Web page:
Market analysts see more evidence of second round effects to inflation brought on by persistent oil price hikes and this will manifest and impact on inflation expectations in May and June.
“The second round effects (will) likely emerge starting in Q2 (second quarter or the months of April, May and June),” according to Metrobank unit First Metro Investment Corp. (FMIC) and its research partner, the University of Asia and the Pacific (UA&P).
This is what Aris Dacanay, an economist at British bank HSBC, is also seeing. He noted that headline inflation in April of 4.9 percent was way above what most market observers predicted.
HSBC, for example, forecasted only 4.6 percent. Dacanay said the increase “was sharp and largely caused by global constraints in the supply-side” while “oil prices are still elevated while supply chain disruptions remain pervasive.”
“Second round effects seem to be kicking in as well,” the bank analyst also said. “Prices of commodities that directly use oil, such as electricity, gas, and transport, have increased, but other commodities are following suit,” he added.
The Bangko Sentral ng Pilipinas (BSP) on Thursday which was the day the government released the April inflation of 4.9 percent, said that inflation is still consistent with its assessment of continued above-target levels over the near term because of volatility in global oil and non-oil prices as an impact of the Russia-Ukraine war.
Inflation rates before the geopolitical tensions started on Feb. 24 was three percent for both January and February. By March, inflation rate increased significantly to four percent from three percent in February, and remained elavated to a higher rate by April. The BSP forecasts a 2022 average inflation of 4.3 percent, above the two percent to four percent target.
The BSP said it is supply-side factors that have been driving inflation. Second round effects, meantime, come from transport groups’ petition for increases in minimum fares and other calls for higher minimum wages. So far, petitions to increase transport fares have been denied by the government.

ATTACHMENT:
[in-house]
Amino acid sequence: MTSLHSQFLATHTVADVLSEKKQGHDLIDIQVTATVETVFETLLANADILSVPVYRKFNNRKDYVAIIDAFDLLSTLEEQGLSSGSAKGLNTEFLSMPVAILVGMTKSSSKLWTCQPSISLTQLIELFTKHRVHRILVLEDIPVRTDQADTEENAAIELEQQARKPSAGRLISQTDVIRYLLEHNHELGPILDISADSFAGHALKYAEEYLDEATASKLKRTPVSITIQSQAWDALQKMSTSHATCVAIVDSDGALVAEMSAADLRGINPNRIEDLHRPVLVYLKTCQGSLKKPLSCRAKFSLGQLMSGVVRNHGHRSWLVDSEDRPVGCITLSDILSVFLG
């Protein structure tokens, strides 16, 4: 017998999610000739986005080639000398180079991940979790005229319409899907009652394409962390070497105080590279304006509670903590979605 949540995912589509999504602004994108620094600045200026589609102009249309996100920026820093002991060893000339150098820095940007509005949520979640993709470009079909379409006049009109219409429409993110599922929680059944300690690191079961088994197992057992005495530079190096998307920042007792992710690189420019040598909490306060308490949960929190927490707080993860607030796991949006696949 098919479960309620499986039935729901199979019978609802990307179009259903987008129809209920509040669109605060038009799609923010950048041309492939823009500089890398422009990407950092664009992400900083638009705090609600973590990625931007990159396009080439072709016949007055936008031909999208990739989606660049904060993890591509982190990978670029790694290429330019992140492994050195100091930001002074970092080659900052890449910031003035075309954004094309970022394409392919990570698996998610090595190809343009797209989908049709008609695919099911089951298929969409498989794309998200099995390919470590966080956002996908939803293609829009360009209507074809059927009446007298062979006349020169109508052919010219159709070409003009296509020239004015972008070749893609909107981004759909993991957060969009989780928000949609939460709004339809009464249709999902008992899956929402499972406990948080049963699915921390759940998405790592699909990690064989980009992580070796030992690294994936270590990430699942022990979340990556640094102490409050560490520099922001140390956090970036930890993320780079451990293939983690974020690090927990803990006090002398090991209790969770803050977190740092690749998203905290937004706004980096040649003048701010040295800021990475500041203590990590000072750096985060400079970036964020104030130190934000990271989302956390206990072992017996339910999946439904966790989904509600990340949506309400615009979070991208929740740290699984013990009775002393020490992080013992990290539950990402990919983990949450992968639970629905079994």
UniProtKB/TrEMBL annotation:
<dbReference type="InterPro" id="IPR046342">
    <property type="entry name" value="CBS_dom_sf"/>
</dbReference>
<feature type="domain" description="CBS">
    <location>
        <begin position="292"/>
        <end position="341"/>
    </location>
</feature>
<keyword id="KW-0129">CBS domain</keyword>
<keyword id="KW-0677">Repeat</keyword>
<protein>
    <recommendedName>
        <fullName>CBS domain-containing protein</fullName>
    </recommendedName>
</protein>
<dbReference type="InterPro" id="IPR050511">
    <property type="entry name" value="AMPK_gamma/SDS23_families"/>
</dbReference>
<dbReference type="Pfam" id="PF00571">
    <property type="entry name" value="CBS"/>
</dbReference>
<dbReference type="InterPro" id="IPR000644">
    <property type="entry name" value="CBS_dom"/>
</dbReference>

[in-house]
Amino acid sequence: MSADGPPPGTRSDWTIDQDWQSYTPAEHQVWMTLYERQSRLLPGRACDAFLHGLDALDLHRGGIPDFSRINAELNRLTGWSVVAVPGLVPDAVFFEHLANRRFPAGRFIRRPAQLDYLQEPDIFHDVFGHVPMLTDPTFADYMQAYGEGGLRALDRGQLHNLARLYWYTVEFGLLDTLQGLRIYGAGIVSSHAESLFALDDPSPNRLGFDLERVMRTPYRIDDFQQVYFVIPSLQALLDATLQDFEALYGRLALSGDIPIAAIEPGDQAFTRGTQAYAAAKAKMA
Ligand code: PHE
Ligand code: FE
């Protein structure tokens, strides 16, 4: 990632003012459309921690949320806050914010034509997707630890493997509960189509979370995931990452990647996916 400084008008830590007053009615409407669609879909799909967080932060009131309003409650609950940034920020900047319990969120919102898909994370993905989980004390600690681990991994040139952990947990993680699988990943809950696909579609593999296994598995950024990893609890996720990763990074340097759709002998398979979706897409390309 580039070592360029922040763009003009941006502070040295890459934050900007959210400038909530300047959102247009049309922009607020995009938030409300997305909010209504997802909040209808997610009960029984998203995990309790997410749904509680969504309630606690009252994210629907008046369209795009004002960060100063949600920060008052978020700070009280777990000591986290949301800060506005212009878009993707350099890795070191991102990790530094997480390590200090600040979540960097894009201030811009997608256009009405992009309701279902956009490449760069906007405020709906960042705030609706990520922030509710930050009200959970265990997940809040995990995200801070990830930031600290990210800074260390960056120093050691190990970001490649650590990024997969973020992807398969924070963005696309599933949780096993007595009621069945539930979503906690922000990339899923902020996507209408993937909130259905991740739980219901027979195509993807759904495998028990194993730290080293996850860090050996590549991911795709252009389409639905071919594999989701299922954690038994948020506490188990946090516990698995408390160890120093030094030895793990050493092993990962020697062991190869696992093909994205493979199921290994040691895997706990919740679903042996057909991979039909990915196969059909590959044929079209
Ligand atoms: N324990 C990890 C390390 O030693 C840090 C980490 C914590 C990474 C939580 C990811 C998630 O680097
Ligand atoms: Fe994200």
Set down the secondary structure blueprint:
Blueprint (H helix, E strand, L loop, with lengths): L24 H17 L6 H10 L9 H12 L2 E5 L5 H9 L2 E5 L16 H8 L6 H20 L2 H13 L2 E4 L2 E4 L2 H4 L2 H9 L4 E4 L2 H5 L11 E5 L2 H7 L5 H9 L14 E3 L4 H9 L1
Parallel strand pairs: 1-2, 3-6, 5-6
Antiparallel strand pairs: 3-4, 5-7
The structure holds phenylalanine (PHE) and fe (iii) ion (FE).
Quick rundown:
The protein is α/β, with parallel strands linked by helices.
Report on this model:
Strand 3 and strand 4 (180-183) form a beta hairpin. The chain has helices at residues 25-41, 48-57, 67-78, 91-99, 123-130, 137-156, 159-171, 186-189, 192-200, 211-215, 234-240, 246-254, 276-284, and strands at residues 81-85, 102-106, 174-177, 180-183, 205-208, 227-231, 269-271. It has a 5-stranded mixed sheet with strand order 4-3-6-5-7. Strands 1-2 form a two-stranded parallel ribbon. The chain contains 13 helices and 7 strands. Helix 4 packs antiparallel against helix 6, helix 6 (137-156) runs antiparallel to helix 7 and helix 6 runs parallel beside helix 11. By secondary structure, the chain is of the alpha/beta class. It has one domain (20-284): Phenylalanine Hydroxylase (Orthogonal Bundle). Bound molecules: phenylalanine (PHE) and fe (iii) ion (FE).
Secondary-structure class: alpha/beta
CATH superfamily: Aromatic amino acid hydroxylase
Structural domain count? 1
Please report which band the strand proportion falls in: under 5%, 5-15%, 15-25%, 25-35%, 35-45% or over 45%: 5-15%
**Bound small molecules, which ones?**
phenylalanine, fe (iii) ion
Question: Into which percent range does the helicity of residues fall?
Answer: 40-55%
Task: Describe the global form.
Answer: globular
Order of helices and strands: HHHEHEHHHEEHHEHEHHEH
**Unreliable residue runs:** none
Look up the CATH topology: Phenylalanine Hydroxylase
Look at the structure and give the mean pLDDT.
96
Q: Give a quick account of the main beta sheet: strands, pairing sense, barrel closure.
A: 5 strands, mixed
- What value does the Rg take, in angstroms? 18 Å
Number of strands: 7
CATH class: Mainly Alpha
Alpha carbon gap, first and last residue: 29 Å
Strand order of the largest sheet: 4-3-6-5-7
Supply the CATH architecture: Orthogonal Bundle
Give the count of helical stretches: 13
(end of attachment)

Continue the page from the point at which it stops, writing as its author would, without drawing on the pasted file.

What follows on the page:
It is the rising inflation expectations and early signs of second round effects that will convince the BSP to increase rates to stabilize inflation expectations. By doing so, the BSP will be able to manage price pressures and protect its inflation outlook from any sharp adjustments in transport fares.
Both FMIC-UA&P and HSBC economists expect the BSP’s Monetary Board to adjust its two-percent policy rate sooner than the third quarter. BSP Governor Benjamin E. Diokno himself said there is a possibility of a rate adjustment in June but it will depend on the economy’s performance. The gross domestic product (GDP) growth numbers will be announced on May 12. The next Monetary Board policy meeting was on May 19.
In its latest “Market Call” report, FMIC-UA&P said the BSP “will likely raise policy rates only after the elections and the PSA (Philippine Statistics Authority) reports robust Q1 (first quarter) economic growth performance.” The national elections will be held on Monday, May 9.
HSBC’s Dacanay in the bank’s Global Research “Economics – Data Reactions” commentary, said that since the policy rate has been frozen at two percent since November 2020, the pressure for monetary tightening is increasing.
“As inflation accelerates further, and as other central banks are starting to follow the Fed, the risk of the BSP normalizing rates earlier than the third quarter has increased. Doing so would help to tamp inflation expectations and manage outflows. At the same time, the economy is still recovering from the pandemic and tightening prematurely carries risks,” said Dacanay.
“Timing will thus be key,” he added. “Officials will likely scrutinize incoming data especially closely” such as the unemployment data which came out on Friday, May 6. The next report, on June 10, will also be crucial, along with the GDP data next week.
“Helpfully, the BSP has some tactical leeway to decide the exact timing for the first hike, even as the Fed just delivered a 50bp (basis point) hike: net international reserves remain high and the gap between the real policy rates of the Philippines and the US is wide,” said Dacanay.